Respiratory Therapists play a major role in the care of any critically ill patient but even more so when there is significant respiratory failure. RTs may serve as ECLS Specialist’s taking primary responsibility for the ECLS management and or ventilator management. Either way, it is imperative that protective strategies be implemented and adhered to by both the bedside RT and the ECLS Specialist.

Case Report

History of present illness:

A 21-year-old male who was feeling tired, achy with some shortness of breath presents to a local freestanding ER. His room air SpO2 is 75%, he has scattered crackles, is afebrile and normotensive, and is slightly tachypneic with a resting respiratory rate of 24.
He has no significant medical or surgical history.

Initial blood gas analysis reveals hypoxemia with mild respiratory alkalemia.

Labs revealed influenza A and B via filmarray.

Progression

Over the next two hours, the patient became more hypoxemic, tachypneic and distressed. He was placed on heated high flow nasal cannula, then on non-invasive ventilation and finally was intubated and placed on protective mechanical ventilator settings. Initial settings were Volume Assist Control, tidal volume 6 ml/kg/pbw, frequency 20 bpm, FiO2 100% and 10 cm H2O of PEEP.

Over the next few hours, the patient’s hypoxemia became worse and there was evolving respiratory acidemia. His plateau pressure with 6 ml/kp/pbw was 35 cm H2O. Tidal volumes were dropped to 4 ml/kg/pbw but plateau pressures continued to climb while the acidemia and hypoxemia also worsened.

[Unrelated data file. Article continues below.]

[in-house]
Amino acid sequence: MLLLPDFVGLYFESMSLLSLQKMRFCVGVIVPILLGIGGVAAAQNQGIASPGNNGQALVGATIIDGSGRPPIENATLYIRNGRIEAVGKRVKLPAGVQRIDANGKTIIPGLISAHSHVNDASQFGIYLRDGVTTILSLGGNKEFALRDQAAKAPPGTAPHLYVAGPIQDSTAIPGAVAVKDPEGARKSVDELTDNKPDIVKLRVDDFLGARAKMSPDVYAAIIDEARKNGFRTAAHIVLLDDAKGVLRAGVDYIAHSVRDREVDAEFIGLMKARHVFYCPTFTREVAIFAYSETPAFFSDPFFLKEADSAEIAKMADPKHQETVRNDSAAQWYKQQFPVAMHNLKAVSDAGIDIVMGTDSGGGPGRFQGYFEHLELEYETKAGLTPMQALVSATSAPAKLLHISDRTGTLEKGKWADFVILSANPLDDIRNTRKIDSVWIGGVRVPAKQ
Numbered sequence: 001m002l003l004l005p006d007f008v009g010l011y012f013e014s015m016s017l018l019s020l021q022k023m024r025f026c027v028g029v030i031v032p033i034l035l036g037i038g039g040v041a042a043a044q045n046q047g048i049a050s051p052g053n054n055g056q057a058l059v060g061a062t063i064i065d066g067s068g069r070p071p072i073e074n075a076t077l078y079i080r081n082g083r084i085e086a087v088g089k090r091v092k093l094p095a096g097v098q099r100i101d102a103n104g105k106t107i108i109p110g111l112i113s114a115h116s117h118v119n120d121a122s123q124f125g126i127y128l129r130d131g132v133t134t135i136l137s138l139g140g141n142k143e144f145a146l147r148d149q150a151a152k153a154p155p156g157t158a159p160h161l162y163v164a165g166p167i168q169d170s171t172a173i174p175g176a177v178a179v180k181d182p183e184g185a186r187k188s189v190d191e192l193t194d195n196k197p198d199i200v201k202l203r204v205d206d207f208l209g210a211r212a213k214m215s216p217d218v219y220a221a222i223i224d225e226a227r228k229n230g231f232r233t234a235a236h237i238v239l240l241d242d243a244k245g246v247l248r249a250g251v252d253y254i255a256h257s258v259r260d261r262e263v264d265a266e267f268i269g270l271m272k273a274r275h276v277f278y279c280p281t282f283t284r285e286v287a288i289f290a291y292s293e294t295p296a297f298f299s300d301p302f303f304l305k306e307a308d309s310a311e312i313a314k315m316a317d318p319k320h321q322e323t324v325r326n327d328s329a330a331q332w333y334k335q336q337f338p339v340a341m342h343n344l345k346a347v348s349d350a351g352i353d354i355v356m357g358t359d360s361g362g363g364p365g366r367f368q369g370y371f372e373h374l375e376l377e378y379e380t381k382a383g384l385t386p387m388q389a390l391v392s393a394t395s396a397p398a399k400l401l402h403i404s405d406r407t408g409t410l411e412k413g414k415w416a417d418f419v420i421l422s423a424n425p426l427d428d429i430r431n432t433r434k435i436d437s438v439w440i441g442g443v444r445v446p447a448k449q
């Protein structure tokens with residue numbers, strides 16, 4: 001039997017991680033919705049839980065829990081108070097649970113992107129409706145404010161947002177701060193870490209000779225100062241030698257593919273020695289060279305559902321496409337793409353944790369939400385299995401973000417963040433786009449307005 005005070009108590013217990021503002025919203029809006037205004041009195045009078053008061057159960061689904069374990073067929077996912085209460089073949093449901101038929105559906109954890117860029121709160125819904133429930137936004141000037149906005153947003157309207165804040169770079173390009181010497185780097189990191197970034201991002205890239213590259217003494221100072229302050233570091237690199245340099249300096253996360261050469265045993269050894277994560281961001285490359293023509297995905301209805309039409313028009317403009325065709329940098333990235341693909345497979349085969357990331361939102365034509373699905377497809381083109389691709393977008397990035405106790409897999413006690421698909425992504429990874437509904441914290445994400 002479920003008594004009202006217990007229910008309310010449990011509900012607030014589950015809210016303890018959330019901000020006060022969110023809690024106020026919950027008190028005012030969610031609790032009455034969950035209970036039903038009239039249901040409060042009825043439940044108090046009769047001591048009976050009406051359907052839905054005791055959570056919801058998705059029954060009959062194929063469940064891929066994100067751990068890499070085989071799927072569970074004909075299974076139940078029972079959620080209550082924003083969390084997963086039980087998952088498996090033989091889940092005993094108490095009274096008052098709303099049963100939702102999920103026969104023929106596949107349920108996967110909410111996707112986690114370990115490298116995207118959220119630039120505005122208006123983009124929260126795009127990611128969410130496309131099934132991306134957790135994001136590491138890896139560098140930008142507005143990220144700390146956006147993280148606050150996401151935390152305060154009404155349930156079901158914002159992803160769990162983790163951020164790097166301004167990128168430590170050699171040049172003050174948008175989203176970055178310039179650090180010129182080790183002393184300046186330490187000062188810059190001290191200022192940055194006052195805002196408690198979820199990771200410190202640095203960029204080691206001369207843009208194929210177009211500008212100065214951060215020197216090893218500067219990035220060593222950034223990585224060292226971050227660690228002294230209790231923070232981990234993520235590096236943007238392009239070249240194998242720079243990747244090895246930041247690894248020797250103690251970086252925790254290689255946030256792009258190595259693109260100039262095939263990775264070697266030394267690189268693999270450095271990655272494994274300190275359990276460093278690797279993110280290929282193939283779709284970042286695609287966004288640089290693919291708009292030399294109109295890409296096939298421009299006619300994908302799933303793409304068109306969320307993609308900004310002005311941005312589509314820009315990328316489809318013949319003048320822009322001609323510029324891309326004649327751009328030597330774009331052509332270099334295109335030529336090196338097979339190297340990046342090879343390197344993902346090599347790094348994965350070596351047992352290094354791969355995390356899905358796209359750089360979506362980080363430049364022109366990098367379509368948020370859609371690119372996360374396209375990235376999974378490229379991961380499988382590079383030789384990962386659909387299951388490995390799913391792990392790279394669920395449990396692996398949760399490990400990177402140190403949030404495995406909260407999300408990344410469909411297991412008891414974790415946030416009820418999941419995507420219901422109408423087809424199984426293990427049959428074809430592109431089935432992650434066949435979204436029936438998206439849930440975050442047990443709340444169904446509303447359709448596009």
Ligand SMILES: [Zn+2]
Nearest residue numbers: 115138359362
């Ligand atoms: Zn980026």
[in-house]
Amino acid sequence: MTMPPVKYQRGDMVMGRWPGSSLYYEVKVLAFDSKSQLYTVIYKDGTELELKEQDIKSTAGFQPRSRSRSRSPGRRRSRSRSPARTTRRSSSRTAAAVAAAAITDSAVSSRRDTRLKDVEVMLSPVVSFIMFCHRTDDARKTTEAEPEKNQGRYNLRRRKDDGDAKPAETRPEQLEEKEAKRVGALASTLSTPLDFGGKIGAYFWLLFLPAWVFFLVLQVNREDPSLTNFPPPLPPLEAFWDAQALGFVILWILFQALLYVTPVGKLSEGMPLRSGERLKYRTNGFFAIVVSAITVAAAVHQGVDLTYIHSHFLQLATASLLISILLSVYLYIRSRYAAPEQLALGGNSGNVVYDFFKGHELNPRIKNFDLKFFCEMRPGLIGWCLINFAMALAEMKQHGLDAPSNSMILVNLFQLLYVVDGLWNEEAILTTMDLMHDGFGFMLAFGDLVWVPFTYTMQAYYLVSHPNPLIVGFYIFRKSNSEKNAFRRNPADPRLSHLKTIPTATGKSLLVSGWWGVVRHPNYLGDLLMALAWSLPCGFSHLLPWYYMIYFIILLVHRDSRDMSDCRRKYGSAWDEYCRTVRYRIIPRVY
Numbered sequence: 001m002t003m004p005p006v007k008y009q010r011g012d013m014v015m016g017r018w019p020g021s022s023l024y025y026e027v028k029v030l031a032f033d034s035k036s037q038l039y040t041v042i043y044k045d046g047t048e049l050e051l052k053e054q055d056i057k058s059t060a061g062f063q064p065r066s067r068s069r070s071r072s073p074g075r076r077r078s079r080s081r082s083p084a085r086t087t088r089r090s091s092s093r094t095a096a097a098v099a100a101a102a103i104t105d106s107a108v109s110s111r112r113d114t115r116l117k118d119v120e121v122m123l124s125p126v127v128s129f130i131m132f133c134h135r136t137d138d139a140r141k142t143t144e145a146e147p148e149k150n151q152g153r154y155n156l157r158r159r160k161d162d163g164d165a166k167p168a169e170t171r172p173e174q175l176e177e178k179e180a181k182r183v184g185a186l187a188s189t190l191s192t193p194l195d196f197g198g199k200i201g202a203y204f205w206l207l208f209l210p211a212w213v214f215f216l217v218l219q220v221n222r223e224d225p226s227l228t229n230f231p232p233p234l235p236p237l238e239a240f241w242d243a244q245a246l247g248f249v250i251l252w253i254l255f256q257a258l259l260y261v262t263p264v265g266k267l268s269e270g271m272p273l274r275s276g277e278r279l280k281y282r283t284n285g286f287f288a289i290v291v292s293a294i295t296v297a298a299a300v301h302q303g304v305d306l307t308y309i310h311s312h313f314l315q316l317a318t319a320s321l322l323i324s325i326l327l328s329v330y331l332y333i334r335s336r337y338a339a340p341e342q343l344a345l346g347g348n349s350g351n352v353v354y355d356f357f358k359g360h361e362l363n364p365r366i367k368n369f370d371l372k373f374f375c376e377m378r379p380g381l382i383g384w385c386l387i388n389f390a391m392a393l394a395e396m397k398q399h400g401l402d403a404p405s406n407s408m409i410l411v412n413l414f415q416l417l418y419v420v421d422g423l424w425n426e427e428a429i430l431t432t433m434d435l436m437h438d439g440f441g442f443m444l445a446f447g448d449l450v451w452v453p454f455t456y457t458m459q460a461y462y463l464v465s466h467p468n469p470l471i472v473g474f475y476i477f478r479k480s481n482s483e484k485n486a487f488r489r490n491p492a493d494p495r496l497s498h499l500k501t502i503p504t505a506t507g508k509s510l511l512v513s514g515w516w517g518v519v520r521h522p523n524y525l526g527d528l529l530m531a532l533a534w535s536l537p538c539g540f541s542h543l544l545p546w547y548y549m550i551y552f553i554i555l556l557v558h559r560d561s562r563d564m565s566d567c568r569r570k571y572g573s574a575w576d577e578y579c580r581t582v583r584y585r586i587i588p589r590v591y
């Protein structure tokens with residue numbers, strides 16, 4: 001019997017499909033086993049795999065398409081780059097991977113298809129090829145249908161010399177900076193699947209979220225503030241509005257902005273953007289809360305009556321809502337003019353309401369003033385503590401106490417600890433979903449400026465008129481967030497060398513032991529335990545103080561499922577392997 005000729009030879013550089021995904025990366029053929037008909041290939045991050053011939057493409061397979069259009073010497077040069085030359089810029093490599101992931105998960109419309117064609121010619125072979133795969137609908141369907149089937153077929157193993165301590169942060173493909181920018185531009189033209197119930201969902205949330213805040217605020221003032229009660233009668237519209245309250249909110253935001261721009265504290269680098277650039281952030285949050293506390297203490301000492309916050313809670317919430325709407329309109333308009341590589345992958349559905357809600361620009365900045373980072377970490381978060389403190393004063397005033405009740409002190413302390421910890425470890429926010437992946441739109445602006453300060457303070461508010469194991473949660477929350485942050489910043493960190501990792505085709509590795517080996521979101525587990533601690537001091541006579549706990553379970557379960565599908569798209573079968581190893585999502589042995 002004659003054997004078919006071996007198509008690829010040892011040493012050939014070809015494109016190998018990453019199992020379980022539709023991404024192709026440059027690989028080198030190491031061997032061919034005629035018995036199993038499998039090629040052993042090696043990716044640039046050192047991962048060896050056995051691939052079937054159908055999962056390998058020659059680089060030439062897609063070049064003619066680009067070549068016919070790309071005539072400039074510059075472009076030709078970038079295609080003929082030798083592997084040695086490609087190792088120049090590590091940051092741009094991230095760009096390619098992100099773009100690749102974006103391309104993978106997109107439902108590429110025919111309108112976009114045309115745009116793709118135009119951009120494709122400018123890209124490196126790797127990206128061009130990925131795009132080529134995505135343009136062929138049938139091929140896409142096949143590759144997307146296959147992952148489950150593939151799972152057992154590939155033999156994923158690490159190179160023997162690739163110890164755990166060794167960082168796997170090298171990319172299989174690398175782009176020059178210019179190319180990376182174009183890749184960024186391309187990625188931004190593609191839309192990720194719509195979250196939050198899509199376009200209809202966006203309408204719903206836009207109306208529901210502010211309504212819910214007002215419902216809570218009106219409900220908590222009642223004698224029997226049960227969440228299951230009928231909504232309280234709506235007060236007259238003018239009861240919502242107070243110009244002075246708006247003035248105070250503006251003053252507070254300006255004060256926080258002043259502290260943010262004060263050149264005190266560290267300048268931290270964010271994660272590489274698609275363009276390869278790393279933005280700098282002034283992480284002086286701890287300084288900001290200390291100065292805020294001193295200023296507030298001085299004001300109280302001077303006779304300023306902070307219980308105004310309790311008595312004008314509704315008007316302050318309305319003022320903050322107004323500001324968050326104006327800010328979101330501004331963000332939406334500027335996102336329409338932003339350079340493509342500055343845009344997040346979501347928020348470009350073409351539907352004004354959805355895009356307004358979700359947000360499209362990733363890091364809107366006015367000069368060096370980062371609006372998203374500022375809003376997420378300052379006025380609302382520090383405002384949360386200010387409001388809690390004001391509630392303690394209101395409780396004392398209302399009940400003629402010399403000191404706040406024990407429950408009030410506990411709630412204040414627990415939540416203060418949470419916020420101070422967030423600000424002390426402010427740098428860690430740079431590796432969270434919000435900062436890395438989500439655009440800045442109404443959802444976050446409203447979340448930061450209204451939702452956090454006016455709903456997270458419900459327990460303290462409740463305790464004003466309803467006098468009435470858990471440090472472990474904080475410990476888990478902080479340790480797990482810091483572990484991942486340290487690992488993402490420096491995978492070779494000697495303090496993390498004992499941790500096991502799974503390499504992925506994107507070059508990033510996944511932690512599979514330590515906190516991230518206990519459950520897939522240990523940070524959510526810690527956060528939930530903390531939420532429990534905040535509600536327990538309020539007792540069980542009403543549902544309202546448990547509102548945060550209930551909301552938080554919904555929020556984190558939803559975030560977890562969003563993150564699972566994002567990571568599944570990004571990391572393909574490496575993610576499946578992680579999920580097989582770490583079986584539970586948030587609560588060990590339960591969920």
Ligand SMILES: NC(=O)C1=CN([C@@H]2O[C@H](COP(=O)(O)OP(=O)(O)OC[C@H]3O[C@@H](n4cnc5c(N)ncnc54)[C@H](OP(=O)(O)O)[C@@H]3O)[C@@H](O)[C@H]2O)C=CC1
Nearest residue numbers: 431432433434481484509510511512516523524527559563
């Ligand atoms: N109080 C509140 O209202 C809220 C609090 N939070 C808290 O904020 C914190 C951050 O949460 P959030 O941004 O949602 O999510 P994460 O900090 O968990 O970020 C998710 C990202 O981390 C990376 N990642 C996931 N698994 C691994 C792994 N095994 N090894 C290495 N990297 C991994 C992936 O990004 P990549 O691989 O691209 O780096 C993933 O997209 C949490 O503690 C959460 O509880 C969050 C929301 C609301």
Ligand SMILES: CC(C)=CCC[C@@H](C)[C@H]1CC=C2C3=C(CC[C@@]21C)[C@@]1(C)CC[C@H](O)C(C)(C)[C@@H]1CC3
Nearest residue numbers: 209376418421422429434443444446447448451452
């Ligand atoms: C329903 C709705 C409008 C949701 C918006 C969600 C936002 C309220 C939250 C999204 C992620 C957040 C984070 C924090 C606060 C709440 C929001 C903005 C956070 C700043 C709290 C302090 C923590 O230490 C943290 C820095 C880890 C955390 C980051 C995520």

The ICU team decided that in order to prevent the potential deleterious impact that such high ventilator settings may have on the patients’ outcome, ECMO would be a reasonable approach.
The patient was cannulated with a 31 French dual lumen, bi-caval cannula placed in the right internal jugular vein and veno-venous extracorporeal membrane oxygenation was initiated.

Ventilator settings were reduced immediately, and his compliance improved over the next few days allowing further reduction of support.

The patient remained on VV ECMO for 6 days.

Compliance, gas exchange, and the chest film all improved, and the patient was decannulated on day 7, extubated on day 8, and discharged home on hospital day 11.

Clinic follow-up revealed a normal baseline 21-year-old male.

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Summary

Influenza respiratory infections can rapidly evolve into life-threatening respiratory failure. When primary and secondary inflammatory processes occur in patients with influenza-related ARDS, ECLS should be considered to allow the patient time to recover while preventing further lung injury. 1-7

 


  1. Jaber, S., et al. “ARDS and influenza A (H1N1): patients’ characteristics and management in intensive care unit. A literature review.” Annales françaises d’anesthèsie et de rèanimation. Vol. 29. No. 2. 2010.
  2. Center for Disease Control. (2018) Influenza. Retrieved from https://www.cdc.gov/flu/about/index.html
  3. Grasso, Salvatore, et al. “ECMO criteria for influenza A (H1N1)-associated ARDS: role of transpulmonary pressure.” Intensive care medicine 38.3 (2012): 395-403.
  4. Pappalardo, Federico, et al. “Predicting mortality risk in patients undergoing venovenous ECMO for ARDS due to influenza A (H1N1) pneumonia: the ECMOnet score.” Intensive care medicine 39.2 (2013): 275-281.
  5. Acute Respiratory Distress Syndrome Network. “Ventilation with Lower Tidal Volumes as Compared with Traditional Tidal Volumes for Acute Lung Injury and the Acute Respiratory Distress Syndrome” New England Journal of Medicine. 2000.
  6. Spieth, P. M., A. Güldner, and M. de Abreu Gama. “Acute respiratory distress syndrome: Basic principles and treatment.” Der Anaesthesist 66.7 (2017): 539-552.
  7. Bartlett, Robert H. “Extracorporeal membrane oxygenation for acute respiratory distress syndrome: EOLIA and beyond.” Critical care medicine 47.1 (2019): 114-117.